Amtrak purchased 262 locomotives from its member railroads, including 232 diesels (E's and F's) and 30 GG-1's. An additional 10 GG-1's were to be leased from Penn Central, and 13 E8's were to be leased from Union Pacific. (Trains magazine, August 1972, page 13)

July 1973
Amtrak took delivery of the first of 40 new SDP40F locomotives from Electro-Motive, meant to replace 74 ex AT&SF F-units on various former AT&SF trains. The new locomotives were equipped with two steam generators, with the capability for later installation of two 375-kilowatt auxiliary diesel generators to furnish the planned 480-volt three-phase A.C. electrical system.

May 1977
After a severe winter in 1976-1977, which caused problems with its fleet of steam-heated passenger cars, Amtrak began the conversion of many of its steam-heated cars to be equipped for head end power, or HEP. The conversion included the installation of wiring and control circuitry for a 480-volt three-phase A.C. electrical system throughout each train, with power being furnished by auxiliary diesel generators and engine-driven alternators in locomotives at the head end of each train.

Head-End Power

Amtrak rebuilt most of the former UP cars with electrical power, replacing their original steam heat features.

(Read more about head end power, HEP)

The last Amtrak steam heated train left Washington on March 8, 1982. (Passenger Car List, message no. 74173, dated May 24, 2011)

Auto-Train

Many UP cars were sold to Auto-Train Corporation, which started service on December 6, 1971. Auto-Train operations ended in 1981. The service was re-started by Amtrak as Auto Train on October 30, 1983. (Wikipedia article)

Pacific Series

For the "Pacific" series, initially numbered as AMTK 2600-2642, after being converted to HEP, Amtrak gave them new numbers in the 2430-2441 series (12 cars); the 2880-2894 series (15 cars); and the 2900 series (13 cars). The 2880 and 2900 series cars had unaltered interiors, but the 2430 series cars had roomette 10 remodeled into a handicap accommodation by extending it into the area next to the vestibule that was previously occupied by the luggage racks. Fourteen cars in the 2880 series and the 2900 series were assigned as Amtrak Crew Dormitory cars and renumbered into the 2500 series. (part from Mike Palmieri, email dated November 12, 2011) (Roster listing of the Amtrak 2500-series crew dorms at On Track On Line) (Photos of Amtrak sleepers; scroll down about half way for the Pacific series)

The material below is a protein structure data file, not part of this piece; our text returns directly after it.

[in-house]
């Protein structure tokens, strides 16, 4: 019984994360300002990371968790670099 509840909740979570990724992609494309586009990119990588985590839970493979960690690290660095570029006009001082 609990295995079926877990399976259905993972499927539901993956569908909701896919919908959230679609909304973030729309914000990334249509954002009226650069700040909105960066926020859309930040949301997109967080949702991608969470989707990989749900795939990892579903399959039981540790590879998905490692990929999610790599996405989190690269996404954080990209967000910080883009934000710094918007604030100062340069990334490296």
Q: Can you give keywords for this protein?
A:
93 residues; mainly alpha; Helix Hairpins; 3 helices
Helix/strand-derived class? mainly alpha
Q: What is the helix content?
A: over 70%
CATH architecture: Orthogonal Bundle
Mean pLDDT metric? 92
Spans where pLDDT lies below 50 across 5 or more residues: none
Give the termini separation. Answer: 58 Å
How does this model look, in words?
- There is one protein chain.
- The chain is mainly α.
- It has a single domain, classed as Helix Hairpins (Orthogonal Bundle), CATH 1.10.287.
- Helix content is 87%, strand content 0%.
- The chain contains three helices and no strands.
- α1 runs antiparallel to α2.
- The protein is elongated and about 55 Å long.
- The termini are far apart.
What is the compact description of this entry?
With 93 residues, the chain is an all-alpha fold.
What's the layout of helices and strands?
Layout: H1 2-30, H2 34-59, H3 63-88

Sources

Coming to this number of 163 cars took an effort that required the help of many other people with a similar interest. Published sources include David Randall's six-volume series "Railway Passenger Car Annual," published in 1973 through 1984, and Fred Frailey's "Zephyrs, Chiefs, and Other Orphans" published in 1977.

This information was added to what had already been obtained from David Seidel, the source for the initial UP passenger car roster in 2004.

(There is some confusion about ex UP Baggage cars 6328 and 6331. This roster uses information from David Randall's "Railway Passenger Car Annual" volumes I through VI, published in 1973 through 1984. These are considered to be closer to primary, comtemporary sources than information presented in "Amtrak By The Numbers," published in 2011.)

More Information

Passenger Car Photo Index -- Jerry LaBoda's index of passenger car photos; scroll down about halfway for the Amtrak listings.

Amtrak Heritage Fleet Photos at On-Track, On-Line

Amtrak Cars at Railroad Picture Archives

Amtrak Photos at AmtrakPix

Amtrak Photo Archive -- Jim Hebner's photos of Amtrak Heritage fleet cars

Amtrak Heritage Fleet page at Wikipedia

Amtrak -- A separate index page about Amtrak, with information about its use of Head End Power (HEP)

Car Number Cross Reference

(163 cars)

First Amtrak
Number
UP Car
Number
Car Type
AMTK 1075 UP 5711 Baggage (UP Postal Storage)
AMTK 1076 UP 5728 Baggage (UP Postal Storage)
AMTK 1077 UP 6328 Baggage
AMTK 1126 (3rd) UP 6331 Baggage
AMTK 1297 UP 5351 Chair (rebuilt to Power/Heater Car)
AMTK 1298 UP 5364 Chair (rebuilt to Power/Heater Car)
AMTK 1299 UP 5332 Chair (rebuilt to Power/Heater Car)
AMTK 1570 UP 6002 Baggage Dormitory
AMTK 1571 UP 6003 Baggage Dormitory
AMTK 1572 UP 6005 Baggage Dormitory
AMTK 1573 UP 6007 Baggage Dormitory
AMTK 2250 UP "Star Bay" Sleeper
AMTK 2251 UP "Star Crest" Sleeper
AMTK 2252 UP "Star Leaf" Sleeper
AMTK 2253 UP "Star Range" Sleeper
AMTK 2254 UP "Star Scene" Sleeper
AMTK 2255 UP "Star Vale" Sleeper
AMTK 2256 UP "Star View" Sleeper
AMTK 2260 UP "Placid Bay" Sleeper
AMTK 2261 UP "Placid Harbor" Sleeper
AMTK 2262 UP "Placid Haven" Sleeper